Studio MOTO and Hans Op de Beeck clad a villa in rubber
Ellie Stathaki | Wallpaper, 25 May 2019
Designed by Erik Van Biervliet in the 1960s, the Museum Dhondt-Dhaenens is one of the most stylish private art establishments in Belgium, with a treasure trove of a collection to match. Now, a new project by artist Hans Op de Beeck, in collaboration with architect Mo Vandenberghe of Studio MOTO, has been added to the grounds. The building has been clad in black rubber in a bold intervention that converts the villa from architecture to object in the landscape.
The Wunderkammer residence transforms the existing 1930s Villa Meander on the estate into a Gesamtkunstwerk to house the museum’s library, including the personal book collection of Belgian curator Jan Hoet (1936-2014). Hoet was a curator and avid book collector (there are roughly 4600 books in the idiosyncratic and personal collection), who played a strategic role in the emergence of contemporary art in Belgium. The Wunderkammer residence is a new part of the Museum Dhondt-Dhaenens policy that seeks to make 20th century private art collections with links to Flanders accessible to the public.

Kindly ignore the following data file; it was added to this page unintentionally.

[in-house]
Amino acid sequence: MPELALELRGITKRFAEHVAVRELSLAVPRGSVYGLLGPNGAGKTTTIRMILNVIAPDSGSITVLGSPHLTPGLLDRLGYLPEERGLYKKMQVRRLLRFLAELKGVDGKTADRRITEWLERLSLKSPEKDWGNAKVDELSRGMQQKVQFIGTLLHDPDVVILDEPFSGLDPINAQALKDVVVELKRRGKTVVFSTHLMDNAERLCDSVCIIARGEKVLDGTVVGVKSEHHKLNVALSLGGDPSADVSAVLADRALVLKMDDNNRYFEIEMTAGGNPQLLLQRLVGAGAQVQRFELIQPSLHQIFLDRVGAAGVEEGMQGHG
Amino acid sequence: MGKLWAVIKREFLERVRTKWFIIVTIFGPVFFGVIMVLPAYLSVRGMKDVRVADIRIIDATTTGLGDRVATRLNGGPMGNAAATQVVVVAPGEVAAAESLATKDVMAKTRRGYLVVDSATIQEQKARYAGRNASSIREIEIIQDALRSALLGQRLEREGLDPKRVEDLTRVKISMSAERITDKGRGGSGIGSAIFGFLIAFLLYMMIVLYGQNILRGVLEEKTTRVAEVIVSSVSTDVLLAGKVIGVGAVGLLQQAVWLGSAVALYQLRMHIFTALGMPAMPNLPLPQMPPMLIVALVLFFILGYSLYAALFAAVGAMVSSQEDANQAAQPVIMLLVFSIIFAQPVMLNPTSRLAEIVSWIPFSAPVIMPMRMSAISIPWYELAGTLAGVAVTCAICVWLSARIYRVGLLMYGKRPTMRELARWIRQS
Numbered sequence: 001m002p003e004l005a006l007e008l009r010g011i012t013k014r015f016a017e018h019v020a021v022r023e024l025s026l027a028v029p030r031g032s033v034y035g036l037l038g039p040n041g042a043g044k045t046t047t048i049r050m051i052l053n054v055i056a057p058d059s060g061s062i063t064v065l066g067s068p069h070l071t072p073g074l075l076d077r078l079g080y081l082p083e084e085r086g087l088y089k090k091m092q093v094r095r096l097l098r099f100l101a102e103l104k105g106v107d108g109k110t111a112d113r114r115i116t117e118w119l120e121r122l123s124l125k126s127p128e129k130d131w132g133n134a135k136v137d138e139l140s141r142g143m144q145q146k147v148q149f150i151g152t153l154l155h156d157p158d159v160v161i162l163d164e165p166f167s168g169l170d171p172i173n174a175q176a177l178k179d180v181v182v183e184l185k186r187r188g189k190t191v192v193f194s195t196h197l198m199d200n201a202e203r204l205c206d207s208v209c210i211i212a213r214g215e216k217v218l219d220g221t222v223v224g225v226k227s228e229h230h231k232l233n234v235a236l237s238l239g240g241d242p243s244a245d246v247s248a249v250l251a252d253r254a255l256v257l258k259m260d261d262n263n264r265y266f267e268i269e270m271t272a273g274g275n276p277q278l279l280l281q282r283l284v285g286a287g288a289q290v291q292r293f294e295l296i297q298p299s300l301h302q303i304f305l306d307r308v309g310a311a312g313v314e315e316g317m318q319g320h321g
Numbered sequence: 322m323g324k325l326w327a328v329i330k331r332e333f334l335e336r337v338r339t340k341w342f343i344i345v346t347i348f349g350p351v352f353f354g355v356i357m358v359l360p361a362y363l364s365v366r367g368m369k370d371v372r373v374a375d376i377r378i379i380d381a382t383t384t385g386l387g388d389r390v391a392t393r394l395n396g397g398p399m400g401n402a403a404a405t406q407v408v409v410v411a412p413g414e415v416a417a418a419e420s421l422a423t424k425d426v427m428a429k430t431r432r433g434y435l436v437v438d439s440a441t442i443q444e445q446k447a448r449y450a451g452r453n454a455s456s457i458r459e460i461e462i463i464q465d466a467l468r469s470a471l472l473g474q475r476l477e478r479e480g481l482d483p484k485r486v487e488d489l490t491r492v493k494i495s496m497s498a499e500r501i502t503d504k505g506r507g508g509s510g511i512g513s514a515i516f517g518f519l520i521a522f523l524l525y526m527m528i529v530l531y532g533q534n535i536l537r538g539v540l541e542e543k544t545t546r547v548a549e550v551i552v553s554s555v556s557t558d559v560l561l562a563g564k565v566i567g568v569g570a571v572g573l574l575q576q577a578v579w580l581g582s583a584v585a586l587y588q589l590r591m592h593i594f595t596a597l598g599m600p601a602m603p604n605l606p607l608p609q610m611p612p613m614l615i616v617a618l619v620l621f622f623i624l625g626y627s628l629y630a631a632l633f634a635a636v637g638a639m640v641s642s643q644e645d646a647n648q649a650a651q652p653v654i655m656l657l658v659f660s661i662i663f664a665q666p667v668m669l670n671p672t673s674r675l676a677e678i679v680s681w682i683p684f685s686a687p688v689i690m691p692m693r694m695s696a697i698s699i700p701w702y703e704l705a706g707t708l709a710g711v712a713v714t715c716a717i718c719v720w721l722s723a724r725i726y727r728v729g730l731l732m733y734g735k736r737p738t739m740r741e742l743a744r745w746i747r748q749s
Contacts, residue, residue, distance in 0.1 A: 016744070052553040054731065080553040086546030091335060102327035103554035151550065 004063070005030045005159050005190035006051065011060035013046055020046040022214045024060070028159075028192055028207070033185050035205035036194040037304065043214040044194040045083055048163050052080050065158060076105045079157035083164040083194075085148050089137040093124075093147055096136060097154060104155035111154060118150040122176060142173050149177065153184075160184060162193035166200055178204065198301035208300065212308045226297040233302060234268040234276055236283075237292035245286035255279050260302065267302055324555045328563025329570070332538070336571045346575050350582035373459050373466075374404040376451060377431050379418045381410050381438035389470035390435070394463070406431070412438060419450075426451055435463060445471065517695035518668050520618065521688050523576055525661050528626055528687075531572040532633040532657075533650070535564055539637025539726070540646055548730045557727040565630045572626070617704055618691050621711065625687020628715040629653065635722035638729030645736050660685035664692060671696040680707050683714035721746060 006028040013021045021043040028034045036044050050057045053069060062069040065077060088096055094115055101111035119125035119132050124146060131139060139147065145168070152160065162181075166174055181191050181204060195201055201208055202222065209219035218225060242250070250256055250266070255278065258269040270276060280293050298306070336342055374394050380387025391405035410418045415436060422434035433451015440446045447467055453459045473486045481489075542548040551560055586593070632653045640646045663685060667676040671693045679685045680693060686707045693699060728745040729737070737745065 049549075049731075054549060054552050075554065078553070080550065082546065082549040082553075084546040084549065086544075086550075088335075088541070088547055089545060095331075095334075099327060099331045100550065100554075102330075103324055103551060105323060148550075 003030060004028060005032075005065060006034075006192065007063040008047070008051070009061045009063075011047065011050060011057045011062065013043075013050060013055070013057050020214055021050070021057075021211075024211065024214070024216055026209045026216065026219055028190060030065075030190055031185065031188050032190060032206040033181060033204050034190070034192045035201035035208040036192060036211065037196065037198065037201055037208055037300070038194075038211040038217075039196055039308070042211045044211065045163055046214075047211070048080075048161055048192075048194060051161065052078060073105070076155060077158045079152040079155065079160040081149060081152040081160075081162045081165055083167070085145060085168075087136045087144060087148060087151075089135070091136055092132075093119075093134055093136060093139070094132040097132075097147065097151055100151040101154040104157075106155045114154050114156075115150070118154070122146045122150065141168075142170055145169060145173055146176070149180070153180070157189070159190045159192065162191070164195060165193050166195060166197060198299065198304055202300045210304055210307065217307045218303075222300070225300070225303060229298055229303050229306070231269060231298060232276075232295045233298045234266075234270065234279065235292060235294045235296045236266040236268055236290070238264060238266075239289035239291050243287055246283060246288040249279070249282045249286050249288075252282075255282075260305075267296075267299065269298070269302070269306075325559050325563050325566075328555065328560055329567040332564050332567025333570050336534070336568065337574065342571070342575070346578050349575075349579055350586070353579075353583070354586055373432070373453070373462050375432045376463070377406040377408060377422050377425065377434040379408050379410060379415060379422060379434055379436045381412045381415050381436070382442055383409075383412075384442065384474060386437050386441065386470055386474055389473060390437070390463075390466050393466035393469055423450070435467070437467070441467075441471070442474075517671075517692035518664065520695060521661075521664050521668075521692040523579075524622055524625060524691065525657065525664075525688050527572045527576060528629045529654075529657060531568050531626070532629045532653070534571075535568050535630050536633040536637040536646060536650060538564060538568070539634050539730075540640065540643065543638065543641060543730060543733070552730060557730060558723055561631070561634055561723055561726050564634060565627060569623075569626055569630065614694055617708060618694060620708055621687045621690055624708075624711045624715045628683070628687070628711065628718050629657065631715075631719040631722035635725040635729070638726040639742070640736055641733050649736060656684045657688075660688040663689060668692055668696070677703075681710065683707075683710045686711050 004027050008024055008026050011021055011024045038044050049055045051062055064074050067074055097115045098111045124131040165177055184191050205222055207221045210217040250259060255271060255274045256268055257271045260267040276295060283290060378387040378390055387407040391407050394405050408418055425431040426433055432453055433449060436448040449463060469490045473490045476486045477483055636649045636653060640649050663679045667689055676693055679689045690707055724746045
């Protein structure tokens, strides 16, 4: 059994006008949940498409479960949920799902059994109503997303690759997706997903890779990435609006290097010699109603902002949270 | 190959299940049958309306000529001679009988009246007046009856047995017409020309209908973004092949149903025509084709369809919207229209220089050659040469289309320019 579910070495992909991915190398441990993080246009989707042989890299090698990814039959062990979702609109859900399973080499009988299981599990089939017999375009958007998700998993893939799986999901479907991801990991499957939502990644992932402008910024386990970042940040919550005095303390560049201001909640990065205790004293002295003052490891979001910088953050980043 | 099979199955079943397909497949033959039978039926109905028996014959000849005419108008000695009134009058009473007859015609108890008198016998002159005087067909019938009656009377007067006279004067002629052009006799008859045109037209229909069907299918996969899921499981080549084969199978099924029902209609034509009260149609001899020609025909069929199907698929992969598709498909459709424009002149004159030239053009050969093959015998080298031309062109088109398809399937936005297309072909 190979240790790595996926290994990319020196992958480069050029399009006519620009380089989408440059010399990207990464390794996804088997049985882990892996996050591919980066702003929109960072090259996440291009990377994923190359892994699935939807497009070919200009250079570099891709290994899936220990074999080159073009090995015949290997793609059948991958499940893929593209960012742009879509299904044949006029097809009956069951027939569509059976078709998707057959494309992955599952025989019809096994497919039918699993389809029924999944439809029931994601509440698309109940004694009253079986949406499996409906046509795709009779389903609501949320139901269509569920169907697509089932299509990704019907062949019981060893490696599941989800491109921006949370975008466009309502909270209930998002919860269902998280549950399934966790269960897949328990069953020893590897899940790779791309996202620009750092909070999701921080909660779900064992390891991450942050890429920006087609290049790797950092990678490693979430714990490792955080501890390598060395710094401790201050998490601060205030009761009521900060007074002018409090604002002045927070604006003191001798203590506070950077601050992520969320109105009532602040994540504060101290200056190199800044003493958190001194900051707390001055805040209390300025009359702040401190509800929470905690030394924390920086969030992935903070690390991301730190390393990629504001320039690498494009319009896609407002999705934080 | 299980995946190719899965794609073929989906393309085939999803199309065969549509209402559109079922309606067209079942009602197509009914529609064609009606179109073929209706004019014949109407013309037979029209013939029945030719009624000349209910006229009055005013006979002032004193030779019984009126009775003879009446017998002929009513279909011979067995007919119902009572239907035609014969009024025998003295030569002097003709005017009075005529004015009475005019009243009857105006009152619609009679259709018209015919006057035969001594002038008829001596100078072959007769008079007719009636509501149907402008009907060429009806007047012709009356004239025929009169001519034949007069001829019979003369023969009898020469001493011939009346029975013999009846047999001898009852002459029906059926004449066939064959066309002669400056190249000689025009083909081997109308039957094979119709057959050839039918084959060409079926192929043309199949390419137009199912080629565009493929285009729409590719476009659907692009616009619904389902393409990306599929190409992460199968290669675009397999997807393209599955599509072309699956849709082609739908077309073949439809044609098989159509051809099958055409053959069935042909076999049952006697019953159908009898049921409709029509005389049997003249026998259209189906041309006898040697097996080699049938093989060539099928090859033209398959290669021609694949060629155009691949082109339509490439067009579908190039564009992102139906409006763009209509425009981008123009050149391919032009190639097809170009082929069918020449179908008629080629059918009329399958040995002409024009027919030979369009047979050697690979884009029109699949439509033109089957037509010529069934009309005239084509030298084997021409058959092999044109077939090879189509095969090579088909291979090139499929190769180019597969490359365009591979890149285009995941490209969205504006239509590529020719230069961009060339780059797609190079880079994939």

‘The black casing creates an abstract version of the original, almost kitschy, cottage-style villa, transforming it into a sculptural, monumental art piece in the idyllic Leie landscape,’ says Op de Beeck. The monochrome MDF interior follows the same approach and provides the perfect backdrop for an immersive experience, especially orchestrated to spark dialogue and discovery.
The interior has been staged as a fictional ‘wunderkammer’ and painted dark grey to create an introspective atmosphere. It echoes the dense exterior treatment of the building in its cinematic theatricality, submerging visitors in a mysterious and imaginative plot. Sculptural forms of still lifes, nudes and archtectural models can be found between floor-to-ceiling book-filled shelves.
The EPDM rubber-clad structure will also host artists, curators, researchers and writers as part of a residency programme organised by the museum. This is now the museum’s second residency location – in 2015, the Dhondt-Dhaenens launched the Van Wassenhove residence, located architect Juliaan Lampens’ Brutalist building from 1974 in Sint-Martens-Latem. The residency programme reflects the museum’s interest in creating spaces for individuals to explore art within wider contexts.